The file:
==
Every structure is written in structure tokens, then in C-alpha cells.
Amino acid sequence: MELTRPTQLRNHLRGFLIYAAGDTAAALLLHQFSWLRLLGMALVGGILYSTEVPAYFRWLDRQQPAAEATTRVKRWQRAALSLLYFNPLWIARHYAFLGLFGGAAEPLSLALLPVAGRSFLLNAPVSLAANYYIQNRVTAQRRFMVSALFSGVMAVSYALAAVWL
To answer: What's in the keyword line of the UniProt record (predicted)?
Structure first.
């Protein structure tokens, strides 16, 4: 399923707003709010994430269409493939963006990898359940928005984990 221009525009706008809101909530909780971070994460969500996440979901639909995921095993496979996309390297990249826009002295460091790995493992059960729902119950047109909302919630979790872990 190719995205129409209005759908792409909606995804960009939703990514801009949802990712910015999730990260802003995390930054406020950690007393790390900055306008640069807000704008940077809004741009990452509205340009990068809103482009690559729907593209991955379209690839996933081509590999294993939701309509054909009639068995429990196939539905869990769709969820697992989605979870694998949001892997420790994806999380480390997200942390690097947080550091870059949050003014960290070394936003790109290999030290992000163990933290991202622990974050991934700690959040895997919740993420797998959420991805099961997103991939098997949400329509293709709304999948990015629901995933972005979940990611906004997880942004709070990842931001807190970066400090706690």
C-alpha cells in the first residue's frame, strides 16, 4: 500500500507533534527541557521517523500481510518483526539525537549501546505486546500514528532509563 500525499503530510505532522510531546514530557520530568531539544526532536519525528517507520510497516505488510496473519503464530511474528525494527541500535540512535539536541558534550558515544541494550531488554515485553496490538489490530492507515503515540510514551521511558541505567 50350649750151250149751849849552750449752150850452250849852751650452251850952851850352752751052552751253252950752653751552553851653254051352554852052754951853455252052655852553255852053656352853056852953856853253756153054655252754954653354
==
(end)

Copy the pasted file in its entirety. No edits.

Every structure is written in structure tokens, then in C-alpha cells.
Amino acid sequence: MELTRPTQLRNHLRGFLIYAAGDTAAALLLHQFSWLRLLGMALVGGILYSTEVPAYFRWLDRQQPAAEATTRVKRWQRAALSLLYFNPLWIARHYAFLGLFGGAAEPLSLALLPVAGRSFLLNAPVSLAANYYIQNRVTAQRRFMVSALFSGVMAVSYALAAVWL
To answer: What's in the keyword line of the UniProt record (predicted)?
Structure first.
């Protein structure tokens, strides 16, 4: 399923707003709010994430269409493939963006990898359940928005984990 221009525009706008809101909530909780971070994460969500996440979901639909995921095993496979996309390297990249826009002295460091790995493992059960729902119950047109909302919630979790872990 190719995205129409209005759908792409909606995804960009939703990514801009949802990712910015999730990260802003995390930054406020950690007393790390900055306008640069807000704008940077809004741009990452509205340009990068809103482009690559729907593209991955379209690839996933081509590999294993939701309509054909009639068995429990196939539905869990769709969820697992989605979870694998949001892997420790994806999380480390997200942390690097947080550091870059949050003014960290070394936003790109290999030290992000163990933290991202622990974050991934700690959040895997919740993420797998959420991805099961997103991939098997949400329509293709709304999948990015629901995933972005979940990611906004997880942004709070990842931001807190970066400090706690």
C-alpha cells in the first residue's frame, strides 16, 4: 500500500507533534527541557521517523500481510518483526539525537549501546505486546500514528532509563 500525499503530510505532522510531546514530557520530568531539544526532536519525528517507520510497516505488510496473519503464530511474528525494527541500535540512535539536541558534550558515544541494550531488554515485553496490538489490530492507515503515540510514551521511558541505567 50350649750151250149751849849552750449752150850452250849852751650452251850952851850352752751052552751253252950752653751552553851653254051352554852052754951853455252052655852553255852053656352853056852953856853253756153054655252754954653354